Because of the high prevalence of iron deficiency anemia among menstruating women, screening for anemia is recommended prior to conception. Counseling should include dietary sources of heme iron and how certain foods promote nonheme iron absorption (e.g., orange juice, meat), whereas others impair nonheme iron absorption (e.g., tea, coffee). Screening should also identify all supplements used, including vitamins, minerals, herbs, weight loss products, and home remedies so that safety and efficacy can be discussed.
NUTRITION AND LIFESTYLE DURING PREGNANCY
Epidemiologic evidence suggests that intrauterine environment plays a significant role in the origins of adult disease, including in utero programming of obesity and diabetes (Barker, 1990
; Oken & Gillman, 2003
). Many women are motivated during pregnancy to adopt healthy lifestyle changes, which have the potential to make a long-lasting impact on the health of mother and infant. Counseling on healthy weight and lifestyle should ideally start before conception or as soon as pregnancy is confirmed, particularly to prevent excess fat development in the fetus, infant, and adult (Davenport, Ruchat, Giroux, Sopper, & Mottola, 2013
). Best practices for nutrition care are outlined in the following sections.
Recommended Amount and Pattern of Weight Gain
Current weight gain recommendations for pregnancy are based on prepregnancy BMI (see Table 11.1
). Recommended weight gain is 25 to 35 pounds in women of normal weight, 28 to 40 pounds for underweight women, 15 to 25 pounds for overweight women, and 11 to 20 pounds for women who are obese at the time of conception (IOM, 2009). Although record numbers of American women have BMI values ≥35, the IOM (2009) stated there was insufficient data available to issue specific weight gain recommendations for this population. Recent data suggest that women with a BMI ≥40 who lose weight during pregnancy have a decreased risk of adverse birth outcomes compared to women who gained within the IOM recommendations (Blomberg, 2011
). Women pregnant with twins need to gain somewhat more weight than that recommended for single births but not double the amounts.
Regardless of prepregnancy BMI, it is recommended that all women gain 1 to 4 pounds in the first trimester; thereafter, weekly weight is based on prepregnancy BMI (see Table 11.1
). Normal-weight women are urged to gain approximately 1 pound per week during the second and third trimesters; recommended amounts of weekly gain for underweight, overweight, and obese women are slightly different (see Table 11.1
) (IOM, 2009). Although slightly higher or lower rates of weight gain can be considered normal, obvious or persistent deviations warrant further investigation.
Table 11.1 Recommended Weight Gain Ranges Based on Maternal Prepregnancy Body Mass Index (BMI)
Prepregnancy BMI Status
Total Weight Gain (pounds)
Rate of Weekly Weight Gain in Second and Third Trimester (mean range in pounds per week)*
Less than 18.5
30 or greater
Obese (all classes)
* Calculations assume 1.1- to 4.4-pound weight gain in the first trimester.
Source: National Research Council. (2009). Weight gain during pregnancy: Reexamining the guidelines. Washington, DC: The National Academies Press.
According to Dietary Reference Intakes (DRIs), pregnant women do not need any additional calories until the second trimester. Even then, the increase is surprisingly small: An extra 340 cal/day is recommended during the second trimester and an additional 452 cal/day in the third (IOM, 2005). Most women of healthy prepregnancy weight need a total of 2200 to 2900 cal/day (Lessen & Kavanagh, 2015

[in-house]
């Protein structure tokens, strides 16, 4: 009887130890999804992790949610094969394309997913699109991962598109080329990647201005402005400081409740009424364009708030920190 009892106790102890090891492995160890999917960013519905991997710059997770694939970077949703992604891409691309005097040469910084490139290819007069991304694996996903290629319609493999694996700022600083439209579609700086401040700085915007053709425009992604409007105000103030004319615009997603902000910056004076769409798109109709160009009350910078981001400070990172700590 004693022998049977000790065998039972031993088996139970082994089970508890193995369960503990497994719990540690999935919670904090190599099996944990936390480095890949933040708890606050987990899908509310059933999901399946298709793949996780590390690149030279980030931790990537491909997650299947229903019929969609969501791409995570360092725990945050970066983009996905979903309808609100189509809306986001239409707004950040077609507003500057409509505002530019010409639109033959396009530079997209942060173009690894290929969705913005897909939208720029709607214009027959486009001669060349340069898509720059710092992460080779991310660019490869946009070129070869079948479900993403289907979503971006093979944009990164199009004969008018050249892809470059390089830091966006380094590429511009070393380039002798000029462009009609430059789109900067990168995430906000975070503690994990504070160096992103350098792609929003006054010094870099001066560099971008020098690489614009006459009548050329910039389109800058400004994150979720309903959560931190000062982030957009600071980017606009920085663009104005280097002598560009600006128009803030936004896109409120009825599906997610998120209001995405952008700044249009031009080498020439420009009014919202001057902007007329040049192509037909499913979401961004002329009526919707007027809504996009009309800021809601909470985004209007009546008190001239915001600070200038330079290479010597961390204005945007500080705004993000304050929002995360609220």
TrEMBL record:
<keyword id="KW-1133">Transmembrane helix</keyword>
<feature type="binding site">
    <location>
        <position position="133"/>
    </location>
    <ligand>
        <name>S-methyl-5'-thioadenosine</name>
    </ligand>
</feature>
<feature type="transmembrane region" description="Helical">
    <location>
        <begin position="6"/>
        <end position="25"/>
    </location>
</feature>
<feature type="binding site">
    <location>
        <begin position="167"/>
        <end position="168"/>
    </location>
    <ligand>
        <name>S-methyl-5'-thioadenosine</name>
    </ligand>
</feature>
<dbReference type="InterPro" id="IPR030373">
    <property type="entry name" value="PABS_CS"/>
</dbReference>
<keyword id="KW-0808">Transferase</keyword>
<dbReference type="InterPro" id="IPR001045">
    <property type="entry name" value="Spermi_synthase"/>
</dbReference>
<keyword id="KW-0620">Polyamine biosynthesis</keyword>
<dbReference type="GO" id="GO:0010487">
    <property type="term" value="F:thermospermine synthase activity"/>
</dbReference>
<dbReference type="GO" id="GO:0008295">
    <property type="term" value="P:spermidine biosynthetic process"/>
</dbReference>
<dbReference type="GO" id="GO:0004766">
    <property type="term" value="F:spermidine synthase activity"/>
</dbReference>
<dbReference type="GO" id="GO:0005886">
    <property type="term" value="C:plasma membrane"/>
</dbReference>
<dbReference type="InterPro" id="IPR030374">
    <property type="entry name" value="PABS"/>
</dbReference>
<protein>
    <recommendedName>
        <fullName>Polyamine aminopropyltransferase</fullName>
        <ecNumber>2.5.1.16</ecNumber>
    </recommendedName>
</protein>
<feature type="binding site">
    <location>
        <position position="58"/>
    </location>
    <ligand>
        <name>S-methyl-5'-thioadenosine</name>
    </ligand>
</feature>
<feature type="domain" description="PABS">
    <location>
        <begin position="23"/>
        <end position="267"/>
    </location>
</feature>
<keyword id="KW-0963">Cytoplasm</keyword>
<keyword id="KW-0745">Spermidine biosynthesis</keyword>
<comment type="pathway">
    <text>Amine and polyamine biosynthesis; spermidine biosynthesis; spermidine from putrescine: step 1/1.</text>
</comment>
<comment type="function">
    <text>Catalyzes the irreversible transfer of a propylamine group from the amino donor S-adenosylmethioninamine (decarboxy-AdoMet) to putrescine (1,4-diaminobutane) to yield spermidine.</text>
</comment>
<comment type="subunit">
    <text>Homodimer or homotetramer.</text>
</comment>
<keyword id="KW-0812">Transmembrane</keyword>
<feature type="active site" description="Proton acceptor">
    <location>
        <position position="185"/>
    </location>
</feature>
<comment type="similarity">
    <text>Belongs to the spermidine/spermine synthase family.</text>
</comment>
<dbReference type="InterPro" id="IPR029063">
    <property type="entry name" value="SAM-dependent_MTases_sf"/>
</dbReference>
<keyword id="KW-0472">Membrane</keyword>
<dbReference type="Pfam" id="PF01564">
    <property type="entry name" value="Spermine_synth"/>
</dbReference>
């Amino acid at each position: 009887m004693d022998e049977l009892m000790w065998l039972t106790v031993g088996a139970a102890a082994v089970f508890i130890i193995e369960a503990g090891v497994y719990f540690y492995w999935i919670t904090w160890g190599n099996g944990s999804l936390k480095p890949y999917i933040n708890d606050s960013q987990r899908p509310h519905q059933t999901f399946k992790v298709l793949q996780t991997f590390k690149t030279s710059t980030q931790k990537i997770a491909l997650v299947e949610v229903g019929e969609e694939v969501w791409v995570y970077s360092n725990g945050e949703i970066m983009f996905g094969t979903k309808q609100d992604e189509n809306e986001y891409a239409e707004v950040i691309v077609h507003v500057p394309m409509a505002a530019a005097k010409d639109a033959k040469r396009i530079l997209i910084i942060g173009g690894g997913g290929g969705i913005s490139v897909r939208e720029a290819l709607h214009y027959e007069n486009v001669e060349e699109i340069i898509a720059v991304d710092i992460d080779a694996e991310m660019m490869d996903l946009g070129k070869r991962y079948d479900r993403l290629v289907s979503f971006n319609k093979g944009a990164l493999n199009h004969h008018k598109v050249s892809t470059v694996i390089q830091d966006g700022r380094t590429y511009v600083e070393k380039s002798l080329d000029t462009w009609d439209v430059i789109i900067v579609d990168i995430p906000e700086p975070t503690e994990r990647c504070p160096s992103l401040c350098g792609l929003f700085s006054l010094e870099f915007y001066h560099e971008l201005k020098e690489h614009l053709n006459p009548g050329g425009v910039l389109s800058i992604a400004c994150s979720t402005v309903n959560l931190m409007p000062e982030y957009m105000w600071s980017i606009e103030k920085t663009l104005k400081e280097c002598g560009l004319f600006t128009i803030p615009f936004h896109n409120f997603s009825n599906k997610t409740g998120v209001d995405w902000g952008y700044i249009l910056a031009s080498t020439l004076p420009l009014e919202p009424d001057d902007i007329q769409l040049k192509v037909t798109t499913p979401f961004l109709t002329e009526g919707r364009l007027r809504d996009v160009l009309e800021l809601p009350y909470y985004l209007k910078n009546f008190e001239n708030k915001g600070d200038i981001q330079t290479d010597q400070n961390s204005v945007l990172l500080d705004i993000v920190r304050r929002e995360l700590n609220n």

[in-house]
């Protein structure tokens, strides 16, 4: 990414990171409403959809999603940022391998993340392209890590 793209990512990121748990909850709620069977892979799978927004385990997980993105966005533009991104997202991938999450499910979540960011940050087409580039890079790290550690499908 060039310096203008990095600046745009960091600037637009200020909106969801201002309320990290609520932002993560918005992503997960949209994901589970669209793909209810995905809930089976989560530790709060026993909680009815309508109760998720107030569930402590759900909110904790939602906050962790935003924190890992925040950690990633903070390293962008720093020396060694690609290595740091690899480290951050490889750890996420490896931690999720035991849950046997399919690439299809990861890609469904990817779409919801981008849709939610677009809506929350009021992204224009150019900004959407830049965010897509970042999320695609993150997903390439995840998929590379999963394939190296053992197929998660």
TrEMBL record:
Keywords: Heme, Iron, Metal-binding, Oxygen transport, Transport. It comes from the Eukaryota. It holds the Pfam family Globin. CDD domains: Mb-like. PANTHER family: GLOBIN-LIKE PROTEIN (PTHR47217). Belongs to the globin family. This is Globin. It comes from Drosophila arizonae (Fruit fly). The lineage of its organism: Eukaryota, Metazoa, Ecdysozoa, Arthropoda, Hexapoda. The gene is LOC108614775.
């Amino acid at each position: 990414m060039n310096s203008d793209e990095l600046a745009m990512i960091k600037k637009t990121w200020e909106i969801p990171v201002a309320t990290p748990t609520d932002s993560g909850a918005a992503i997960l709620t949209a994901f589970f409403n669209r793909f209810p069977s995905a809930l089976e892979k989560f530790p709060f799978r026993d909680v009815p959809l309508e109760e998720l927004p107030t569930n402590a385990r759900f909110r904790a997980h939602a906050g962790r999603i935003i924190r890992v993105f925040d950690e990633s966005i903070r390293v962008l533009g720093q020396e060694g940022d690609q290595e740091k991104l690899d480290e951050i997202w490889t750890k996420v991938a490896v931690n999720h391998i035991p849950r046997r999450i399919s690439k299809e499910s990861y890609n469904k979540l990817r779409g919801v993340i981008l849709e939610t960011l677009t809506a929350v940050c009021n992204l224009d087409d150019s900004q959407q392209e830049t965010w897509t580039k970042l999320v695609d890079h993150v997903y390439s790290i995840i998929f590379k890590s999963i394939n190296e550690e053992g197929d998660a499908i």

). Throughout pregnancy, adequacy of calorie intake is measured by adequacy of weight gain.
Healthy Eating Pattern
The foundation of a healthy eating pattern—as presented during preconception—is consistent throughout the lifespan, including during pregnancy. For pregnant women, choosing a variety of nutrient-dense foods within each food group is especially important so that the increase in nutrient needs can be met without exceeding the relatively small increase in calories recommended during the second and third trimesters.
A tool to help pregnant women choose a calorie-appropriate healthy eating pattern is MyPlate Daily Checklist for Moms (www.choosemyplate.gov/moms-daily-food-plan
). For ease of use, patterns generated for pregnant women of healthy body weight increase by 400 cal/day beginning in the second trimester and lasting through the course of pregnancy. Figure 11.1
features eating patterns for a woman whose nonpregnant calorie requirements are 2000 cal/day. Notice the increase in food recommended during the second and third trimesters is relatively small, with a daily increase of
Additionally, although not part of the traditional food groups, oil allowance increases by 4 g/day, and an additional 80 calories are allotted for solid fat, added sugar, or more food from any of the food groups.
▶ Sample MyPlate Daily.
Checklists During Pregnancy and Lactation. (Source: U.S. Department of Agriculture, Center for Nutrition Policy and Promotion. . Available at www.choosemyplate.gov. Accessed on 4/8/16.)
Although most nutrient requirements increase during pregnancy (Table 11.2
Nutrient needs are not constant throughout the course of pregnancy. Nutrient needs generally change little during the first trimester (folic acid is an exception) and are at their highest during the last trimester.
Nutrient needs do not increase proportionately. For instance, the need for iron increases by 50% during pregnancy, yet the requirement for vitamin B12 increases by only about 10%.
Actual requirements during pregnancy vary among individuals and are influenced by previous nutritional status and health history including chronic illnesses, multiple pregnancies, and closely spaced pregnancies.
The requirement for one nutrient may be altered by the intake of another. For instance, women who do not meet their calorie requirements need higher amounts of protein.